It’s hard history.
Liquor lovers with a taste for history can savor a blend of both at a monthly Navy Yard tour, talk, and tasting. The “Whiskey Wars” tour, which next kicks off at the Yard’s Building 92 on Nov. 21, focuses on the struggles fought over America’s favorite spirit. Whiskey history buffs will also clue visitors in on the one constant that separates distilleries from illegal stills — taxes.
“An illegal still was a still that didn’t pay taxes,” said Colin Spoelman, founder of the Kings County Distillery, where the tour ends. “And that’s true today.”
Brooklyn in the late 19th Century saw many battles between federal troops and Irish immigrant moonshiners who had no interest in paying the federal taxes imposed on their stills. No shots were fired over whiskey within the Navy Yard, said Spoelman, but the 1,500 soldiers stationed there did not have to travel far to find their tax-resisting opposition. The soldiers faced bricks and bats whenever they set foot into the seedy neighborhoods surrounding their barracks.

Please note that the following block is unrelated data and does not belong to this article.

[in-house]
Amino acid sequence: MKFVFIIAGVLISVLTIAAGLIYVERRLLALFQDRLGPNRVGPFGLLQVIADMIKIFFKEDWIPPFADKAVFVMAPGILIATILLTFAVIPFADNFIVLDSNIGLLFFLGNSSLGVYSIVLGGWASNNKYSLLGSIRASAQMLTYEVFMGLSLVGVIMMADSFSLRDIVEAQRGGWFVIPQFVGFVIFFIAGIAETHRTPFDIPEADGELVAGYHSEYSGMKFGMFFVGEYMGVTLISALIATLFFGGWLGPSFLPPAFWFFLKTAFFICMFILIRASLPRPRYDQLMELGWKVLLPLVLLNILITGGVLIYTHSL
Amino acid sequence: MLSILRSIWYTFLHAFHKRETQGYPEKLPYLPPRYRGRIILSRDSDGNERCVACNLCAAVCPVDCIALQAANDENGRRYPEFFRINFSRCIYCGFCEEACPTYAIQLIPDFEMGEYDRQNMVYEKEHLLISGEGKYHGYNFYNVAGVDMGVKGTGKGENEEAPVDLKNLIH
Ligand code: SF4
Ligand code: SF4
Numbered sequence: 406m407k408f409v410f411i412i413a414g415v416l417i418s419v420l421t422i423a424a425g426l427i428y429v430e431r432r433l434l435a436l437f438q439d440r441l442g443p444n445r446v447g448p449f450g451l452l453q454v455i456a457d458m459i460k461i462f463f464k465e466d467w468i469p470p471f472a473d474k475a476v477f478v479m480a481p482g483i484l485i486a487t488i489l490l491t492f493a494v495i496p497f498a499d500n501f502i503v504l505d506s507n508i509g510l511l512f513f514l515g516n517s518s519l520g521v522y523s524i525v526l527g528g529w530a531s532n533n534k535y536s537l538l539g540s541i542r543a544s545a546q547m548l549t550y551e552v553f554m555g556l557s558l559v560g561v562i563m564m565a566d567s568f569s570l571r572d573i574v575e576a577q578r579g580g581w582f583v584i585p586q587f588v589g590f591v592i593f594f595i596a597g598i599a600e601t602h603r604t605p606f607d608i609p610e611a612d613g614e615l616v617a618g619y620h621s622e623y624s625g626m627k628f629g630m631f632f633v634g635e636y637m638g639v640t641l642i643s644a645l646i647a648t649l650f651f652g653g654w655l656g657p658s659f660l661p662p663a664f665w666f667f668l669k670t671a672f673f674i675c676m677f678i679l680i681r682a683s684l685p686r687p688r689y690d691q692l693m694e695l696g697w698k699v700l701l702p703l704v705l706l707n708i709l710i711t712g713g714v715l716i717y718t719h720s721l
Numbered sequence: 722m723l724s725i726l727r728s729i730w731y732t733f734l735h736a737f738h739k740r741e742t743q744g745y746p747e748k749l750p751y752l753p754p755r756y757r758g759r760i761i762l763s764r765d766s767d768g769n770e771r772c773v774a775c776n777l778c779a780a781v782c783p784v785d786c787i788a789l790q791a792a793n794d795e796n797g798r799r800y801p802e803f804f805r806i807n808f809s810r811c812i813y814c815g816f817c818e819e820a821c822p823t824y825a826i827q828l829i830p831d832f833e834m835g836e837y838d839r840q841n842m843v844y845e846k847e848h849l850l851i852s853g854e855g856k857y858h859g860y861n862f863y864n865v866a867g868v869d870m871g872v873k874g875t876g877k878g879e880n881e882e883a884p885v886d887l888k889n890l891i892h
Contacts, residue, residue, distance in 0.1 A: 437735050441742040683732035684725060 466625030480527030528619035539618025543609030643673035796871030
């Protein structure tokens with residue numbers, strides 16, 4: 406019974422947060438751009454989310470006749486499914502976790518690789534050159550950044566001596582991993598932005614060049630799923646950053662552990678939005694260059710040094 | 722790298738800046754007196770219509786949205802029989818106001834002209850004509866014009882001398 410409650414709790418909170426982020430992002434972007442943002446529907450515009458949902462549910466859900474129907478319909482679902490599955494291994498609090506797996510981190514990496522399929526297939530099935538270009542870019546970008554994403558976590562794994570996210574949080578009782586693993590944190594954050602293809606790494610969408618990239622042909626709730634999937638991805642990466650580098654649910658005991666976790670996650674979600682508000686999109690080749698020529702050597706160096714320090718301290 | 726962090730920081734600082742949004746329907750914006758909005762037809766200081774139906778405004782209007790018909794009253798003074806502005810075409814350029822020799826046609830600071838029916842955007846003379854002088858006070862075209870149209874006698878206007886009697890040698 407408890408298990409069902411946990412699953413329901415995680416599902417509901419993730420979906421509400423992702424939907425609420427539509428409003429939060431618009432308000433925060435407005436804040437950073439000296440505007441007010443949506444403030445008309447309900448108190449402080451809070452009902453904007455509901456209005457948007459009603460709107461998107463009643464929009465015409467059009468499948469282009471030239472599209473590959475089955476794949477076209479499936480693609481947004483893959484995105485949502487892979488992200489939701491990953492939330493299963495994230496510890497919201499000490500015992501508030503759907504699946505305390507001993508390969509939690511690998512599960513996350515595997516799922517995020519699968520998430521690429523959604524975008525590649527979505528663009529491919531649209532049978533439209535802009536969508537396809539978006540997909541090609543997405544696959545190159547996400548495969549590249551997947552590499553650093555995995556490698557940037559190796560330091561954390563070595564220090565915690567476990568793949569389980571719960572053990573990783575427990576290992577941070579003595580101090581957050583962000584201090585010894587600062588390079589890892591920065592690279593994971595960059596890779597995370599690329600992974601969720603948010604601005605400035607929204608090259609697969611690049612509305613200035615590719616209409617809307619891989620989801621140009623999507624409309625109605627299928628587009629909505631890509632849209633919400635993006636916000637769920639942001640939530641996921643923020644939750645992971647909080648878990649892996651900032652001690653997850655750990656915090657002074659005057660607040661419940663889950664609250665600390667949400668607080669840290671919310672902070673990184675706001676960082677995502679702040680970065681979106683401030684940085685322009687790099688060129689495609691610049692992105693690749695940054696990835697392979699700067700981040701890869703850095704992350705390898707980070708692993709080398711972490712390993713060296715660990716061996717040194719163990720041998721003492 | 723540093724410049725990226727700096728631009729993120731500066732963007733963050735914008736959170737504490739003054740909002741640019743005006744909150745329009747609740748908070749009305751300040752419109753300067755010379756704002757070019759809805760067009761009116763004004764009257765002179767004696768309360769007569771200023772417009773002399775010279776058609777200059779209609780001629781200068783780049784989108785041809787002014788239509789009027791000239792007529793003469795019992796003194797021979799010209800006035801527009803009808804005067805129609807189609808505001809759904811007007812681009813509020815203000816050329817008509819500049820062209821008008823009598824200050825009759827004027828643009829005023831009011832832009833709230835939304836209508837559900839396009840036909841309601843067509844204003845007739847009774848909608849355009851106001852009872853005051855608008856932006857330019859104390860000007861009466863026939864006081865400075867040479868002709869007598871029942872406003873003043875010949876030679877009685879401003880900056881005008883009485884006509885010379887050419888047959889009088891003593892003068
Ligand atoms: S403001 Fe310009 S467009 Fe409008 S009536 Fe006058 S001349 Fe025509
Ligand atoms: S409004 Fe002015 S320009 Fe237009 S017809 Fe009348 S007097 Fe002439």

“Between the Navy Yard and the stills, it was maybe one or two blocks,” said Spoelman.
Spoelman and other tour whistorians will discuss another notable figure in local moonshine mythology — the legendary gangster Al Capone. The bootlegger was born at the corner of Navy Street and Flushing Avenue, just across the street from where the Navy Yard stands today, according to Spoelman.
Capone may have made his name in Chicago, but he learned everything about the whiskey business in Brooklyn, according to the distillery founder.
“He was raised in the culture of moonshining and bootlegging, and, while he moved to Chicago, he learned those skills on the mean streets of Brooklyn,” Spoelman said.
The tour also includes an interactive map of the development of the Brooklyn Navy Yard, the Kings County Distillery’s “moonshine museum,” and a taste of the contemporary version, with samples of the Distillery’s modern — and fully taxed — moonshine and bourbon.
“Whiskey Wars” at Building 92 (63 Flushing Ave. near Carlton Avenue in the Brooklyn Navy Yard, www.bldg9